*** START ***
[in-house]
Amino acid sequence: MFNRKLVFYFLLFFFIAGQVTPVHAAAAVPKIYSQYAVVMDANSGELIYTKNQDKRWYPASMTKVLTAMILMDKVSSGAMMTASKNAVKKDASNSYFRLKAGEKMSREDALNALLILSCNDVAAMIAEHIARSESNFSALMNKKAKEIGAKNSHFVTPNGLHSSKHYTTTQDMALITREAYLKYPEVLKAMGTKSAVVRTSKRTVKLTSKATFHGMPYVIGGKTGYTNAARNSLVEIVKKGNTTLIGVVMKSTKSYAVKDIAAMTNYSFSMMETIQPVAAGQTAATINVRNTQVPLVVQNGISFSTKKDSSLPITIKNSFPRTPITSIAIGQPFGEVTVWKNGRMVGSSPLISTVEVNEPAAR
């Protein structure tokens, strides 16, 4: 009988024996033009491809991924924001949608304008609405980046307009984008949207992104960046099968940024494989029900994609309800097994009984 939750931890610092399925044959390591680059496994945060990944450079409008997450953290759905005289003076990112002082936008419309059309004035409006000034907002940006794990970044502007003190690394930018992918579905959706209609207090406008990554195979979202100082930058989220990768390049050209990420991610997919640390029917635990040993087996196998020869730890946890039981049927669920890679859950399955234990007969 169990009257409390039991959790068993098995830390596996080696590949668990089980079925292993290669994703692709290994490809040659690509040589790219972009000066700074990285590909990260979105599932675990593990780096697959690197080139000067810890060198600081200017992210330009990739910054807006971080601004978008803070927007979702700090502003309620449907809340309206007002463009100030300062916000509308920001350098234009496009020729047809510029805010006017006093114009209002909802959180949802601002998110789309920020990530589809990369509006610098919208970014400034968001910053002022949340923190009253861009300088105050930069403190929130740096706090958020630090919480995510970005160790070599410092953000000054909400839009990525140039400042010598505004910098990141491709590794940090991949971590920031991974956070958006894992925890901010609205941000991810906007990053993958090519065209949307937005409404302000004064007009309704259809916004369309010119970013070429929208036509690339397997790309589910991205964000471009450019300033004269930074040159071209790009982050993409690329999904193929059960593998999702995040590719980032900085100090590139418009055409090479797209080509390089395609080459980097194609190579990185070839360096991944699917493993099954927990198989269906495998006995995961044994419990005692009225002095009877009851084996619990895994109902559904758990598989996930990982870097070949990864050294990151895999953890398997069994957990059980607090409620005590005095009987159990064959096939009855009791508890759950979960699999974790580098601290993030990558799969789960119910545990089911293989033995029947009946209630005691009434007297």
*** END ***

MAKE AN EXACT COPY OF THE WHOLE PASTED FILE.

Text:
[in-house]
Amino acid sequence: MFNRKLVFYFLLFFFIAGQVTPVHAAAAVPKIYSQYAVVMDANSGELIYTKNQDKRWYPASMTKVLTAMILMDKVSSGAMMTASKNAVKKDASNSYFRLKAGEKMSREDALNALLILSCNDVAAMIAEHIARSESNFSALMNKKAKEIGAKNSHFVTPNGLHSSKHYTTTQDMALITREAYLKYPEVLKAMGTKSAVVRTSKRTVKLTSKATFHGMPYVIGGKTGYTNAARNSLVEIVKKGNTTLIGVVMKSTKSYAVKDIAAMTNYSFSMMETIQPVAAGQTAATINVRNTQVPLVVQNGISFSTKKDSSLPITIKNSFPRTPITSIAIGQPFGEVTVWKNGRMVGSSPLISTVEVNEPAAR
């Protein structure tokens, strides 16, 4: 009988024996033009491809991924924001949608304008609405980046307009984008949207992104960046099968940024494989029900994609309800097994009984 939750931890610092399925044959390591680059496994945060990944450079409008997450953290759905005289003076990112002082936008419309059309004035409006000034907002940006794990970044502007003190690394930018992918579905959706209609207090406008990554195979979202100082930058989220990768390049050209990420991610997919640390029917635990040993087996196998020869730890946890039981049927669920890679859950399955234990007969 169990009257409390039991959790068993098995830390596996080696590949668990089980079925292993290669994703692709290994490809040659690509040589790219972009000066700074990285590909990260979105599932675990593990780096697959690197080139000067810890060198600081200017992210330009990739910054807006971080601004978008803070927007979702700090502003309620449907809340309206007002463009100030300062916000509308920001350098234009496009020729047809510029805010006017006093114009209002909802959180949802601002998110789309920020990530589809990369509006610098919208970014400034968001910053002022949340923190009253861009300088105050930069403190929130740096706090958020630090919480995510970005160790070599410092953000000054909400839009990525140039400042010598505004910098990141491709590794940090991949971590920031991974956070958006894992925890901010609205941000991810906007990053993958090519065209949307937005409404302000004064007009309704259809916004369309010119970013070429929208036509690339397997790309589910991205964000471009450019300033004269930074040159071209790009982050993409690329999904193929059960593998999702995040590719980032900085100090590139418009055409090479797209080509390089395609080459980097194609190579990185070839360096991944699917493993099954927990198989269906495998006995995961044994419990005692009225002095009877009851084996619990895994109902559904758990598989996930990982870097070949990864050294990151895999953890398997069994957990059980607090409620005590005095009987159990064959096939009855009791508890759950979960699999974790580098601290993030990558799969789960119910545990089911293989033995029947009946209630005691009434007297």